What William James Got Right About Consciousness
Is consciousness an instinct? When feeling at sea about definitions and meanings in the mind/brain business, it is always rewarding to dial up William James once again. More than 125 years ago, James wrote a landmark article simply titled “What Is an
Nautilus3 min readPsychology
What Question Will You Be Remembered For?
John Brockman has run out of questions, and it’s a shame. For 20 years, as a sort of homage to his late friend, the conceptual artist James Lee Byars, who in 1968 started “The World Question Center,” Brockman has been posing an “Annual Question” to s
Nautilus5 min readSelf-Improvement
We Should Not Accept Scientific Results That Have Not Been Repeated
A few years ago, I became aware of serious problem in science: the irreproducibility crisis. A group of researchers at Amgen, an American pharmaceutical company, attempted to replicate 53 landmark cancer discoveries in close collaboration with the au
Nautilus3 min readPsychology
5 Reasons Why Humans Can’t Do Without Sports
Last year, more than 111 million people—about a third of the U.S. population—watched the Super Bowl. The numbers will likely be similar on Sunday: Devout football fans, and those watching their first N.F.L. game all year, will feel the thrill and pul
Nautilus9 min readPsychology
Cracking Avatar’s Language Codes: A fictional language makes the jump to reality.
One hot Thursday in July of 2013, I met a gangly young man at Washington D.C.’s Union Station. Energetic and slightly nervous, he politely shook my hand and ushered me to a silver sedan where his girlfriend, Sarah, was at the wheel. Although he intro
Nautilus6 min readWellness
Does Aging Have a Reset Button?: A Stanford researcher’s new take on stem cells.
Part of Vittorio Sebastiano’s job is to babysit a few million stem cells. The research professor of reproductive biology at Stanford University keeps the cells warm and moist deep inside the Lorry I. Lokey Stem Cell Research Building, one of the nati
Nautilus11 min readScience
Life on Mars, From Viking to Curiosity: A brief history of the scientific debate swirling around the Red Planet.
After midnight in a sweltering room in Pasadena in July 1976, Viking Mars team members sat hunched around a bulky monotone computer monitor, tensely awaiting the first data from the world’s first successful Mars probe lander, the only Mars lander eve
Nautilus5 min readScience
What to Do When Your Brain Insists You’re Always on a Boat
A few years ago, Chris Perry went on an Alaskan cruise with her family to celebrate her parents’ 50th wedding anniversary. When she boarded the massive Norwegian Sun cruise ship, she felt “a little woozy and weird” from the boat’s gentle rocking, she
Nautilus3 min readReligion & Spirituality
How to Get Evangelicals to Care About Climate Change
Last year was among the three warmest years ever recorded, 1.51 degrees Fahrenheit above the 20th century average, scientists from NASA and the National Oceanic and Atmospheric Administration recently reported. The two years prior were warmer (2016 t
Nautilus3 min read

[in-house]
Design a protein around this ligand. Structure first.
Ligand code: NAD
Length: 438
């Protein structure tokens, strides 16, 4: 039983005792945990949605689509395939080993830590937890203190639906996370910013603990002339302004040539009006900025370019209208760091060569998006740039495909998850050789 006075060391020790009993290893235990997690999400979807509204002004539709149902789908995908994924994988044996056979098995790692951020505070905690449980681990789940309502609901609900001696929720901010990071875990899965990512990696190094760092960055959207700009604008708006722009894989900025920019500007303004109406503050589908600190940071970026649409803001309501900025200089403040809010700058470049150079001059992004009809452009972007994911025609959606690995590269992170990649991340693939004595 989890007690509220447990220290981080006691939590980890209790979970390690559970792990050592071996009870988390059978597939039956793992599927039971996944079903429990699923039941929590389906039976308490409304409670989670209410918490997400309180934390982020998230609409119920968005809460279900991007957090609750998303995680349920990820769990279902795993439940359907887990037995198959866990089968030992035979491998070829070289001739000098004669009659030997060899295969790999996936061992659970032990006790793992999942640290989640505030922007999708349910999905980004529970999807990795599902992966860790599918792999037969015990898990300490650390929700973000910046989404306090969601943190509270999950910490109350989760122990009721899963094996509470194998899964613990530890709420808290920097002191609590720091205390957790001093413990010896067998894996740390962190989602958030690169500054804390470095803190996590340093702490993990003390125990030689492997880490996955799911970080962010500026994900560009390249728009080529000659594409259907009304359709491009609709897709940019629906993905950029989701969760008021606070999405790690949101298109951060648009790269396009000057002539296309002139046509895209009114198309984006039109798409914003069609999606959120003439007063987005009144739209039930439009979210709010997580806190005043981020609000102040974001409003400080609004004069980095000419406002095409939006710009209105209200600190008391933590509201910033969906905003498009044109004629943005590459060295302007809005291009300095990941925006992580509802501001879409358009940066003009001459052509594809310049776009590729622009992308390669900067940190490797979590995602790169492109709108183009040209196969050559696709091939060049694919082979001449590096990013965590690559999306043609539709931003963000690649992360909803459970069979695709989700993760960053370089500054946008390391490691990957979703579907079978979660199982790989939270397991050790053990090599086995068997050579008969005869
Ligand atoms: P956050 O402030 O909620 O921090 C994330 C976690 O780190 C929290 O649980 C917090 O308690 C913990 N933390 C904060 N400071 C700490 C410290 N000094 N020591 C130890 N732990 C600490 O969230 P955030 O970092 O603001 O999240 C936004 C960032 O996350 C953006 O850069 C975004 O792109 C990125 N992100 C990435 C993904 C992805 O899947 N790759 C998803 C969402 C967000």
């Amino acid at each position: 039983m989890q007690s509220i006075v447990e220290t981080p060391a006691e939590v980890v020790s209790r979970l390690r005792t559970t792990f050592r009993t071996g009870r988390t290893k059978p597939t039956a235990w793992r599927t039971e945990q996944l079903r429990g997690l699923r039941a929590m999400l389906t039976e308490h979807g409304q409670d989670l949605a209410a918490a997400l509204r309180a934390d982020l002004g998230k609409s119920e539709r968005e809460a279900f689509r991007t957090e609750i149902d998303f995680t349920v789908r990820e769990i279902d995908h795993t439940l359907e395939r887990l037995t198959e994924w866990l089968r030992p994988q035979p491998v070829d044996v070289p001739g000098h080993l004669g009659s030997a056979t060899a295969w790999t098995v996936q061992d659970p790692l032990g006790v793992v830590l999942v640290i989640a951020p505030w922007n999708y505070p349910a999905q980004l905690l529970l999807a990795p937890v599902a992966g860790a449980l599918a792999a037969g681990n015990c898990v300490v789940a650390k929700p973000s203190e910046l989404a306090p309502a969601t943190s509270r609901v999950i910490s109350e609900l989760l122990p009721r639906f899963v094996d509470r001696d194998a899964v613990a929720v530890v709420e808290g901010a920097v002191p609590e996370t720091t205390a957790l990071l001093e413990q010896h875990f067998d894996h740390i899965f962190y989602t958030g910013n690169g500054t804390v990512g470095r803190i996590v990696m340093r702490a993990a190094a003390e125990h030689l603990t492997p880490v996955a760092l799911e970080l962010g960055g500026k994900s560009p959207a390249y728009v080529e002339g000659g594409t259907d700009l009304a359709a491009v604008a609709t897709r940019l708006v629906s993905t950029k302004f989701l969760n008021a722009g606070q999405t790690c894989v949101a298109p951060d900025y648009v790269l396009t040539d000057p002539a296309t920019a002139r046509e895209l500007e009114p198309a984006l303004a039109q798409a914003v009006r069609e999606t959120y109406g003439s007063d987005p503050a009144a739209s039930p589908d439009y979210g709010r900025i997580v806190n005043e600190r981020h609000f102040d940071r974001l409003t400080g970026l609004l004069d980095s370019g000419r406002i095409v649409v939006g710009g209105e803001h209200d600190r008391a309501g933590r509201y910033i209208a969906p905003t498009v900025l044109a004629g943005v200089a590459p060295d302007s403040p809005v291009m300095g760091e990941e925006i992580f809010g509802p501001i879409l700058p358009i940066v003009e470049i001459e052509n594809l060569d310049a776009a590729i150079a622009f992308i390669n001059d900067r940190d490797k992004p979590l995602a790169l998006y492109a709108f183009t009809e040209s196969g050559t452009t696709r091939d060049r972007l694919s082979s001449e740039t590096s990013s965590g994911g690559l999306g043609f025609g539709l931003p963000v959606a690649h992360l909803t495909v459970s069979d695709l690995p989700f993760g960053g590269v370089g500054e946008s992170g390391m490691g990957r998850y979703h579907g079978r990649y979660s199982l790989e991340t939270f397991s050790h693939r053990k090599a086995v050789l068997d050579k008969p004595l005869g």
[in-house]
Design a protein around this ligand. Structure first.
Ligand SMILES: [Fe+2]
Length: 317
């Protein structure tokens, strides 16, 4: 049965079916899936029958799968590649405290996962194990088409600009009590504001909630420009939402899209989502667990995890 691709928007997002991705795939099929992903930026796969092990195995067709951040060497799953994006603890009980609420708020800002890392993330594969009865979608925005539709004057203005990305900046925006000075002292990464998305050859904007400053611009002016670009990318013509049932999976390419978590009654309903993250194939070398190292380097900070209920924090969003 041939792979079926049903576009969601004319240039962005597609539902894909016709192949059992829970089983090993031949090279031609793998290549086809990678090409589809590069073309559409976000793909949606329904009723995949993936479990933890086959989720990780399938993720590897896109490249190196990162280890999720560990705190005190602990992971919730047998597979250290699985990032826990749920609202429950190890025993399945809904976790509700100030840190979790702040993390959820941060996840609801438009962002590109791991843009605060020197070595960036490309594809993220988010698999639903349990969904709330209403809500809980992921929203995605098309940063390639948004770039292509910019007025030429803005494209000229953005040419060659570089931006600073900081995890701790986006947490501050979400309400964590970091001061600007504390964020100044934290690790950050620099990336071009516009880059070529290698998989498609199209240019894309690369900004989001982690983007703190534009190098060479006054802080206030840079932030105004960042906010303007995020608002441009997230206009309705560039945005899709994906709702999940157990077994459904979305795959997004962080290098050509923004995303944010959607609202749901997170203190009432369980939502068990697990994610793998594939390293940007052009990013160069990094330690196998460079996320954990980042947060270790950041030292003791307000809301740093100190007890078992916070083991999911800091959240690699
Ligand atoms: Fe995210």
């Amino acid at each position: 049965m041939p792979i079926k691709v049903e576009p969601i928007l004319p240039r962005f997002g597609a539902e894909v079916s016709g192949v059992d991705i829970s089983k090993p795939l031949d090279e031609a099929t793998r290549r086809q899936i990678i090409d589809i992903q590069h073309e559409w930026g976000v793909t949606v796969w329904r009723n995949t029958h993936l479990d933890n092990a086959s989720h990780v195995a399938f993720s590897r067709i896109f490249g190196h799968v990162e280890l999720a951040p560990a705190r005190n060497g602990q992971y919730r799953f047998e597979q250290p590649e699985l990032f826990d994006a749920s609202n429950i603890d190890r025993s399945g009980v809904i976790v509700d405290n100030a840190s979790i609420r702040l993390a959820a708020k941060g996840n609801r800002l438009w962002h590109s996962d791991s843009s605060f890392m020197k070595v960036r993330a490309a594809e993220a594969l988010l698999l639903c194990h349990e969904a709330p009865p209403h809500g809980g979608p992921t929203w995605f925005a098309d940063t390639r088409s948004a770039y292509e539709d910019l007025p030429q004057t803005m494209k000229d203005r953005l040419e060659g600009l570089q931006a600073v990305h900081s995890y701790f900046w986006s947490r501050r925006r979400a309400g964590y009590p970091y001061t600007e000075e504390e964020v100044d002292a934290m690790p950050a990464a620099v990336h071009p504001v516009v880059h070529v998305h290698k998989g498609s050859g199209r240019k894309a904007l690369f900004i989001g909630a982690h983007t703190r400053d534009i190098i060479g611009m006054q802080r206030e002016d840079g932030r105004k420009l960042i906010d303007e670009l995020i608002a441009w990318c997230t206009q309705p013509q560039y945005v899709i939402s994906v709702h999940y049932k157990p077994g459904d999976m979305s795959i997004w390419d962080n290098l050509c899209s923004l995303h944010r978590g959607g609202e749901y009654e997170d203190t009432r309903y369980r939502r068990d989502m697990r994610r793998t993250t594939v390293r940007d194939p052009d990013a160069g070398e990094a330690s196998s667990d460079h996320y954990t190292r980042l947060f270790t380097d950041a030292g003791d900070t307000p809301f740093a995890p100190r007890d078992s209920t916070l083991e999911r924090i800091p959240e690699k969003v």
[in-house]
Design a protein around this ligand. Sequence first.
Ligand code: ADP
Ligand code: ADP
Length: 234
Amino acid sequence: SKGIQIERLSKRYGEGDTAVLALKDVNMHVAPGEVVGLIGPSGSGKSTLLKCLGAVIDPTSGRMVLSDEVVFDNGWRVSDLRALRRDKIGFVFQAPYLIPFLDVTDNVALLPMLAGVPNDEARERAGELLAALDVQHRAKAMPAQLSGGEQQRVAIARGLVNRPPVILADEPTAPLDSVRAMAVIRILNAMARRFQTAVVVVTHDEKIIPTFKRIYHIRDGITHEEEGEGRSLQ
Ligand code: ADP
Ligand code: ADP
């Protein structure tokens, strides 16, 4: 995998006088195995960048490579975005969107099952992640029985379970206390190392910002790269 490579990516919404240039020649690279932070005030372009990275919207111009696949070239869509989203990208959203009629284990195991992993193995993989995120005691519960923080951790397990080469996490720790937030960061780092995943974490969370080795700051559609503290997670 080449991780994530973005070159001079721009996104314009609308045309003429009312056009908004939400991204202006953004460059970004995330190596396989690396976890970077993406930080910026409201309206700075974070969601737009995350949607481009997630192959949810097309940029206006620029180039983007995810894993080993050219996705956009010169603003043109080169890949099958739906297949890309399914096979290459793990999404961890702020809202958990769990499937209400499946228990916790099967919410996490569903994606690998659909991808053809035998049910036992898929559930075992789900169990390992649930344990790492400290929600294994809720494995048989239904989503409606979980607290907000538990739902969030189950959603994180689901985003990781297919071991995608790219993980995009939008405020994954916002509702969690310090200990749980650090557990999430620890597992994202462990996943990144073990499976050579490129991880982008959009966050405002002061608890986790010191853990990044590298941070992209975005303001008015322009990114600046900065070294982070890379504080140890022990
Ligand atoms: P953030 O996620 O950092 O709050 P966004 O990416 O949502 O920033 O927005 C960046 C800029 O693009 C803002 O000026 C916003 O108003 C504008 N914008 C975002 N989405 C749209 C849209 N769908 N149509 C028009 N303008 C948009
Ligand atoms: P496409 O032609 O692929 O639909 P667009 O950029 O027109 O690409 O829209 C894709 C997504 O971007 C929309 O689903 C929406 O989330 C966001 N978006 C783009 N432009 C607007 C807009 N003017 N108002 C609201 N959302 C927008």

The Irony of the Pope Decrying Fake News
Pope Francis may be the first pontiff in Roman Catholic history to embrace the voice of the modern pundit. In 2015, he wrote an encyclical on climate change, “Laudato Si’,” which the New Yorker described as a “blistering indictment of the human failu
Nautilus11 min readPsychology
How Nostalgia Made America Great Again: When the present looks bleak, we reach for a rose-tinted past.
Make America great again. Clearly the message resonated. In 2016, prior to the presidential election, the Public Religion Research Institute, a nonpartisan group, published its annual American Values Survey. It revealed 51 percent of the population f
Nautilus3 min read
The Antelope Killing Fields: Why did two thirds of all saiga antelope die in a couple months?
Dead animals were scattered across the steppe in front of us. Up to the horizon. Thousands of them. That was the moment we understood that we were observing a mass mortality of catastrophic dimensions. We were in Kazakhstan that day in May of 2015 to
Nautilus11 min read
The Radical Humanism of the Soviet Planetarium: This planetarium was hailed as a successor to Russian theater and the Orthodox Church.
In the skies over Moscow, in the decades before the collapse of the socialist state, stood three symbols of the space program: the rocket, the cosmonaut, and the red star. The rocket is still atop the 1964 Monument to the Conquerors of Space, a 110-m
Nautilus7 min read
How to Understand Extreme Numbers
The late statistics wizard Hans Rosling, who died this month at age 68,  brought at least 10 toilet paper rolls to some of his beloved presentations.  He would stack them into a tower on a table, each roll representing one billion people. In a 2012 t
Nautilus2 min read
Why Did a Billionaire Give $75 Million to a Philosophy Department?
Last week, for the first time in recent memory, a news story in this troubling period had me, a bachelor of arts in philosophy, sitting up straight in stunned delight. Johns Hopkins University was gifted $75 million to expand its philosophy departmen